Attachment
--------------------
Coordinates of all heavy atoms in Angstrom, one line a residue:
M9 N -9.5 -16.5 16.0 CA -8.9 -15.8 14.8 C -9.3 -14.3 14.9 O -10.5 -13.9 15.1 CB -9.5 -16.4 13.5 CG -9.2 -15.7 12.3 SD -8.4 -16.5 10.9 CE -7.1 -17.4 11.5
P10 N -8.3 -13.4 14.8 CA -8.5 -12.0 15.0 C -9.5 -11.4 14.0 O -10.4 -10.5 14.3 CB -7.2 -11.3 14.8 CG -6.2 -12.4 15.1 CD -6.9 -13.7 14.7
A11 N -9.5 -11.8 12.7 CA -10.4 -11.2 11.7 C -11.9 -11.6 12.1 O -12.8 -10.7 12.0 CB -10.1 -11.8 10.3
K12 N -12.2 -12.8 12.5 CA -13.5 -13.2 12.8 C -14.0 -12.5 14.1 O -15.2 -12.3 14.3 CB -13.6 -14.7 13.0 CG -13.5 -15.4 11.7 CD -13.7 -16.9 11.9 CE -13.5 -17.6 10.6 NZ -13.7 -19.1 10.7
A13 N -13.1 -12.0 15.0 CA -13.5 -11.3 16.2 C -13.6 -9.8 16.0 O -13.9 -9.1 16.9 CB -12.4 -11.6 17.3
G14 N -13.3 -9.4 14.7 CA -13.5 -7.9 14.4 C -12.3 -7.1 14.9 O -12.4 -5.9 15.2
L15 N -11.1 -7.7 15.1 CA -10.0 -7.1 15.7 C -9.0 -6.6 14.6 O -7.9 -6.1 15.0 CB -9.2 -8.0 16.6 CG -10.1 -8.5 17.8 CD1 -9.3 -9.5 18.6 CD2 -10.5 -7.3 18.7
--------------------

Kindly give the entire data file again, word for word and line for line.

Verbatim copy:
Coordinates of all heavy atoms in Angstrom, one line a residue:
M9 N -9.5 -16.5 16.0 CA -8.9 -15.8 14.8 C -9.3 -14.3 14.9 O -10.5 -13.9 15.1 CB -9.5 -16.4 13.5 CG -9.2 -15.7 12.3 SD -8.4 -16.5 10.9 CE -7.1 -17.4 11.5
P10 N -8.3 -13.4 14.8 CA -8.5 -12.0 15.0 C -9.5 -11.4 14.0 O -10.4 -10.5 14.3 CB -7.2 -11.3 14.8 CG -6.2 -12.4 15.1 CD -6.9 -13.7 14.7
A11 N -9.5 -11.8 12.7 CA -10.4 -11.2 11.7 C -11.9 -11.6 12.1 O -12.8 -10.7 12.0 CB -10.1 -11.8 10.3
K12 N -12.2 -12.8 12.5 CA -13.5 -13.2 12.8 C -14.0 -12.5 14.1 O -15.2 -12.3 14.3 CB -13.6 -14.7 13.0 CG -13.5 -15.4 11.7 CD -13.7 -16.9 11.9 CE -13.5 -17.6 10.6 NZ -13.7 -19.1 10.7
A13 N -13.1 -12.0 15.0 CA -13.5 -11.3 16.2 C -13.6 -9.8 16.0 O -13.9 -9.1 16.9 CB -12.4 -11.6 17.3
G14 N -13.3 -9.4 14.7 CA -13.5 -7.9 14.4 C -12.3 -7.1 14.9 O -12.4 -5.9 15.2
L15 N -11.1 -7.7 15.1 CA -10.0 -7.1 15.7 C -9.0 -6.6 14.6 O -7.9 -6.1 15.0 CB -9.2 -8.0 16.6 CG -10.1 -8.5 17.8 CD1 -9.3 -9.5 18.6 CD2 -10.5 -7.3 18.7